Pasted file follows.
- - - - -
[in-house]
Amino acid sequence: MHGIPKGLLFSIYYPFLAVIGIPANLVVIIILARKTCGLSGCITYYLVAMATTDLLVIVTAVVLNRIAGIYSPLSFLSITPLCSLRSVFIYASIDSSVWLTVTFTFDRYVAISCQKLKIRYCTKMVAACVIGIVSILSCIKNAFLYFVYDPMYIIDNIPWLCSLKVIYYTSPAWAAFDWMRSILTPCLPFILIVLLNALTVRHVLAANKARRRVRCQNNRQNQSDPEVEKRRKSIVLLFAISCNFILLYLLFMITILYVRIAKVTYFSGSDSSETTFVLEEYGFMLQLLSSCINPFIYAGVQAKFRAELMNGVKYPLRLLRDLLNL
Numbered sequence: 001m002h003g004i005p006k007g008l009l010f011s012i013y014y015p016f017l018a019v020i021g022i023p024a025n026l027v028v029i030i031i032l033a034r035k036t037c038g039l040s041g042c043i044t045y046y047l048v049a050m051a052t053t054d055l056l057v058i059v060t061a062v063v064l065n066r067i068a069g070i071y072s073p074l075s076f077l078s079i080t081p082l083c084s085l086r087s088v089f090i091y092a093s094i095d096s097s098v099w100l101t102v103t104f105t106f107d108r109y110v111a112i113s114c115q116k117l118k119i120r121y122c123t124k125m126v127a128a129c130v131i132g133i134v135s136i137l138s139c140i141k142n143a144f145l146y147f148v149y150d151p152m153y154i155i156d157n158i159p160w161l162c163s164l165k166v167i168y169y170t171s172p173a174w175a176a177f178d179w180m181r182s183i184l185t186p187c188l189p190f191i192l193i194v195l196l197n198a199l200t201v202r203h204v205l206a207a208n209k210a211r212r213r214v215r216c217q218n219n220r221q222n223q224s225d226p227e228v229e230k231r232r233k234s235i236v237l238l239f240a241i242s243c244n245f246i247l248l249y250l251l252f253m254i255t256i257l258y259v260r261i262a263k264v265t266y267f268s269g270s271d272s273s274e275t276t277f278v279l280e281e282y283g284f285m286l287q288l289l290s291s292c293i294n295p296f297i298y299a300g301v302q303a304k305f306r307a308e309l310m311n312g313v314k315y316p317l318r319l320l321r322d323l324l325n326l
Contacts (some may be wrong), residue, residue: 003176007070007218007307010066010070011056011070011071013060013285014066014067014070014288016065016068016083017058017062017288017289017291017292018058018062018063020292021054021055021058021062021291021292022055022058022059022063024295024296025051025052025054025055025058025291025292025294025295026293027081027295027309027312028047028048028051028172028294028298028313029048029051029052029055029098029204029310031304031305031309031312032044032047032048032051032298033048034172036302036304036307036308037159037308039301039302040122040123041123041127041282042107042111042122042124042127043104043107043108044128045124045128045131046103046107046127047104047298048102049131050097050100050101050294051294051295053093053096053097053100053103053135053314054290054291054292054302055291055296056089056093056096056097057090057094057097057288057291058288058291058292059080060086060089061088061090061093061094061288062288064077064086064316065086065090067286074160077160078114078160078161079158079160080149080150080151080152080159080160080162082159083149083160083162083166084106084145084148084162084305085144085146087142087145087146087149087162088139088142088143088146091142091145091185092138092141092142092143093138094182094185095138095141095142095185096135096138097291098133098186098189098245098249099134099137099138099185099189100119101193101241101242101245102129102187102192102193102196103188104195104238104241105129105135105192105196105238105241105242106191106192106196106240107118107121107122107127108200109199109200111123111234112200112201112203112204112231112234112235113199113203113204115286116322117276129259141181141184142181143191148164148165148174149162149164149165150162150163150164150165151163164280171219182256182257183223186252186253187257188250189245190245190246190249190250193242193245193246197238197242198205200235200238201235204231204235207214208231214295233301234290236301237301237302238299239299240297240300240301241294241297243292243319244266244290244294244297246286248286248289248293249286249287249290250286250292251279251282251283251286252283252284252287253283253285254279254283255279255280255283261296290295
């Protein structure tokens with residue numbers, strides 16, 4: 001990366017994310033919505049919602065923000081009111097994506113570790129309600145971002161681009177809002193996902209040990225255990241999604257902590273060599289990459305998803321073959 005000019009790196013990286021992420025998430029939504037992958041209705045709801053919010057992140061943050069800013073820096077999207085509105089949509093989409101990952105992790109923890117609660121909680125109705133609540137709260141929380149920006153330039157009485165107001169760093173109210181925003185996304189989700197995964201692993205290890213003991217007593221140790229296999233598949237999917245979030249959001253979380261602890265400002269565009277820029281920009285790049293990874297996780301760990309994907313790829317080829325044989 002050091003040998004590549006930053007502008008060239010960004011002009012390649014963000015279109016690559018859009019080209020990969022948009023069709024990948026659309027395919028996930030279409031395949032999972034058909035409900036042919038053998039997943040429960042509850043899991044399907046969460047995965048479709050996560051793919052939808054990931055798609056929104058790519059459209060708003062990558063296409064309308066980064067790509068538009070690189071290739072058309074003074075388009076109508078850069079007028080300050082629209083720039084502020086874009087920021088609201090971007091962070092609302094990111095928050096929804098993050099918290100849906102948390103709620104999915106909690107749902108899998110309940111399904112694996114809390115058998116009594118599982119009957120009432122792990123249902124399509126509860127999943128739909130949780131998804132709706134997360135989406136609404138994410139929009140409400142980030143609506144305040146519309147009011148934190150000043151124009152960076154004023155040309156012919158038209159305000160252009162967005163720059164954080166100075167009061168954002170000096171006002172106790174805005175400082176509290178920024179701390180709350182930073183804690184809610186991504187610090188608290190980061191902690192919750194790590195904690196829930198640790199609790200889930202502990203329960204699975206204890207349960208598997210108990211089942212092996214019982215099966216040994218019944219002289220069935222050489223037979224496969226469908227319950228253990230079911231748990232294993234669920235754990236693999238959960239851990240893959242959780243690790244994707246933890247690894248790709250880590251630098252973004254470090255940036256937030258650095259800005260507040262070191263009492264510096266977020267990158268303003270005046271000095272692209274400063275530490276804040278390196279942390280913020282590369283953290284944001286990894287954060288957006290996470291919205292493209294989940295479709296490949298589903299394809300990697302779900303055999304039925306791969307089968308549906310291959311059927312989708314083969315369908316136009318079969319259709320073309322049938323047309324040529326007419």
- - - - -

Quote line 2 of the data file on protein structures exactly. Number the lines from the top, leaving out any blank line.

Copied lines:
Amino acid sequence: MHGIPKGLLFSIYYPFLAVIGIPANLVVIIILARKTCGLSGCITYYLVAMATTDLLVIVTAVVLNRIAGIYSPLSFLSITPLCSLRSVFIYASIDSSVWLTVTFTFDRYVAISCQKLKIRYCTKMVAACVIGIVSILSCIKNAFLYFVYDPMYIIDNIPWLCSLKVIYYTSPAWAAFDWMRSILTPCLPFILIVLLNALTVRHVLAANKARRRVRCQNNRQNQSDPEVEKRRKSIVLLFAISCNFILLYLLFMITILYVRIAKVTYFSGSDSSETTFVLEEYGFMLQLLSSCINPFIYAGVQAKFRAELMNGVKYPLRLLRDLLNL